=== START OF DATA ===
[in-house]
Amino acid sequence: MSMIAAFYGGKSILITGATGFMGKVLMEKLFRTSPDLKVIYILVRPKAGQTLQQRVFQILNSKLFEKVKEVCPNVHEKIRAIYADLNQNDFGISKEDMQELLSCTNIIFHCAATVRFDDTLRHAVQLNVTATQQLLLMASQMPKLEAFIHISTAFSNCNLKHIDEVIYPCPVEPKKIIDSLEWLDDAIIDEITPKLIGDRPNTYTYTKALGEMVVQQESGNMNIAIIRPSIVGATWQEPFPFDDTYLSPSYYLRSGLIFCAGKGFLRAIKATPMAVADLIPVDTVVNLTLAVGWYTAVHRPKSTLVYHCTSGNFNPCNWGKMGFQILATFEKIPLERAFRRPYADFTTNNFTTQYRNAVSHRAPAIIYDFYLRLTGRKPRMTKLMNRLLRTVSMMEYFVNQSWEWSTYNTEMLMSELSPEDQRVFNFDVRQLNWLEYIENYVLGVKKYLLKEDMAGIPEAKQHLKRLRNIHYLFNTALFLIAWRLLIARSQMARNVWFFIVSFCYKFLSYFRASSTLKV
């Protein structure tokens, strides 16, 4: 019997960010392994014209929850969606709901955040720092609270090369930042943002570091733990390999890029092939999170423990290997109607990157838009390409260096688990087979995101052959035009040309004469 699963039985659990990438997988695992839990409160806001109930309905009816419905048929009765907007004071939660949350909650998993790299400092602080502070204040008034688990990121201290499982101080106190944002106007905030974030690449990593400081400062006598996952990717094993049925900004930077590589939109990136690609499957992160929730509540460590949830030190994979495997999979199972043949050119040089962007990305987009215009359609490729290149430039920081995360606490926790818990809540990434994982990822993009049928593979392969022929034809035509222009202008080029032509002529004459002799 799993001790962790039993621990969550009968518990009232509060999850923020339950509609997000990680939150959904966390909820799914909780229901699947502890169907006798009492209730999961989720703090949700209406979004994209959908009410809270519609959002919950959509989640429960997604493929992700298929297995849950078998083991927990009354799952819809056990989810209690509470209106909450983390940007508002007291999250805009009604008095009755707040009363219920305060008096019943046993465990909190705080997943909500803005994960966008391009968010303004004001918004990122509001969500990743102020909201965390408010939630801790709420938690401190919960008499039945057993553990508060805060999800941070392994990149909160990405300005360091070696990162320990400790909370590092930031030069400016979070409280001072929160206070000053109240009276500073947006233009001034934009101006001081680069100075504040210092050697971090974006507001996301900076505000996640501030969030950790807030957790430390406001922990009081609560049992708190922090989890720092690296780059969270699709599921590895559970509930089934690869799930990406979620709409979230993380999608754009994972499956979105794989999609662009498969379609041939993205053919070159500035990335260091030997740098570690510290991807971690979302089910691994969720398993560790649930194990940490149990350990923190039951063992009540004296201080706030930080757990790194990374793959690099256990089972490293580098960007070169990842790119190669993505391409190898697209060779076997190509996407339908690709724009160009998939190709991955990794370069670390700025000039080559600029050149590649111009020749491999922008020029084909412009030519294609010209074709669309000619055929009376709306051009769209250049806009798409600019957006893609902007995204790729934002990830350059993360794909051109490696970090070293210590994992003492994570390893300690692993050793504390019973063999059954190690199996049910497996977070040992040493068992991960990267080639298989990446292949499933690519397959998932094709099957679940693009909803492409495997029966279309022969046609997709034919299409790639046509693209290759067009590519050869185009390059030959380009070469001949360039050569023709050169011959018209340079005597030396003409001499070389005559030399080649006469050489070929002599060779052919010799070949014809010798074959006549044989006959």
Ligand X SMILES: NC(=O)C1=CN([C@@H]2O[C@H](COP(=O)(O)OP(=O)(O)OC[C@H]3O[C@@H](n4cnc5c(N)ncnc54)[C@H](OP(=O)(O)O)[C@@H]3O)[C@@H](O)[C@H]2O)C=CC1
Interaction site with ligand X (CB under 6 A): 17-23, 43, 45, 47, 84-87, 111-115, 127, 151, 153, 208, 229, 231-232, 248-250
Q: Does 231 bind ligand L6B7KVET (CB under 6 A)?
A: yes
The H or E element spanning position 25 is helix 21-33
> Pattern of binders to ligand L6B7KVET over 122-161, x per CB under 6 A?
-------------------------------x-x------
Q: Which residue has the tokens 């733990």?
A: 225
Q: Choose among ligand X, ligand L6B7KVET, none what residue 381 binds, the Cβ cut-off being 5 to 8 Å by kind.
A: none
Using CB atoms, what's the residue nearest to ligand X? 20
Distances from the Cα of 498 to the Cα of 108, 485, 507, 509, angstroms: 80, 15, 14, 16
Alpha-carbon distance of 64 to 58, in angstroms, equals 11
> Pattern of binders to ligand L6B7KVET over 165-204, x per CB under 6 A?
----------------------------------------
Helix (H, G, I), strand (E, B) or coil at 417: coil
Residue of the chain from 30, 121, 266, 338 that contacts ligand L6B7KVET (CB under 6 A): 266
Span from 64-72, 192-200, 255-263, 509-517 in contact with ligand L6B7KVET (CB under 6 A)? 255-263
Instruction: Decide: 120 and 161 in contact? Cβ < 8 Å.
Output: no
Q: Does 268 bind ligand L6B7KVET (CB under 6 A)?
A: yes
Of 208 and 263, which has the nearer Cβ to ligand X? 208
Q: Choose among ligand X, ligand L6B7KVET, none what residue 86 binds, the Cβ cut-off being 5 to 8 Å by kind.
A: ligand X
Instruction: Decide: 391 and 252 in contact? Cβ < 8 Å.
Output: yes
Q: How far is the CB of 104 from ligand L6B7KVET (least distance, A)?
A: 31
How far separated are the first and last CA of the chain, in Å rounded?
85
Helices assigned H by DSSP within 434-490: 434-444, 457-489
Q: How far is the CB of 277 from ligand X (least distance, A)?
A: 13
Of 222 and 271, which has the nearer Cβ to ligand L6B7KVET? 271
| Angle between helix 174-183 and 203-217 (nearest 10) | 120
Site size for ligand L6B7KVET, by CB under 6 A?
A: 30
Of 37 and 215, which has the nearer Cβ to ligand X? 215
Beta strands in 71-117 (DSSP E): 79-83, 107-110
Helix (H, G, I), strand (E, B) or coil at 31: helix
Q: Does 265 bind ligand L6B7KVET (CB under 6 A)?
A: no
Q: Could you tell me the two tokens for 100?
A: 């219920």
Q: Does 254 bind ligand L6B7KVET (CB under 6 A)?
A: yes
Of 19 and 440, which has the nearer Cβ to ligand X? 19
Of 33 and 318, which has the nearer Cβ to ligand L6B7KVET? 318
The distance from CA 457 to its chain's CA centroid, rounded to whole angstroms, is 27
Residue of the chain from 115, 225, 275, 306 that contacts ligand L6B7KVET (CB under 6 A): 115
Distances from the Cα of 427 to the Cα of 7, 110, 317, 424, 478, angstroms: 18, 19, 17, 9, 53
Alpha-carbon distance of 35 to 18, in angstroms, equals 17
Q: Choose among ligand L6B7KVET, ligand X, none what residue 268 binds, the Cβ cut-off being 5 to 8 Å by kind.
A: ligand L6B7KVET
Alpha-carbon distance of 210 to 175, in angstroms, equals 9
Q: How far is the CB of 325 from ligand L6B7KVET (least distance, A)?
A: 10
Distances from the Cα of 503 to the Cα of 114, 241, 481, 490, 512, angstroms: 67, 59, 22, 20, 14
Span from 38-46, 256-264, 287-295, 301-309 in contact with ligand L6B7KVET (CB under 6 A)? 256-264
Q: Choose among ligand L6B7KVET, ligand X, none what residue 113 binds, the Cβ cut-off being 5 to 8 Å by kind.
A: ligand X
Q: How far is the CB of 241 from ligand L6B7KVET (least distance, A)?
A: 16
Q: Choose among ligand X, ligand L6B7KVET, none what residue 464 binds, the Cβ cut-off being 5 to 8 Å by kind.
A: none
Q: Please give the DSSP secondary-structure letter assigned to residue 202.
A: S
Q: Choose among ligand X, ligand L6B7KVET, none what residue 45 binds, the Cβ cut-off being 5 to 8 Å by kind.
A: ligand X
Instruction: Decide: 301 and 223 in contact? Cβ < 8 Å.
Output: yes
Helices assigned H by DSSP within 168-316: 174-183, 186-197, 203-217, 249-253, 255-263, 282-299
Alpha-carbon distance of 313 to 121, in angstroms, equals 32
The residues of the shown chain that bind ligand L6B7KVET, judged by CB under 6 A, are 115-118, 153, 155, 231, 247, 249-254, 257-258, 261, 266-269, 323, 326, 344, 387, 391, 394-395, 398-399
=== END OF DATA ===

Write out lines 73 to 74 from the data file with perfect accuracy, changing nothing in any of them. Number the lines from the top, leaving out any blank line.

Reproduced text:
Q: Choose among ligand X, ligand L6B7KVET, none what residue 45 binds, the Cβ cut-off being 5 to 8 Å by kind.
A: ligand X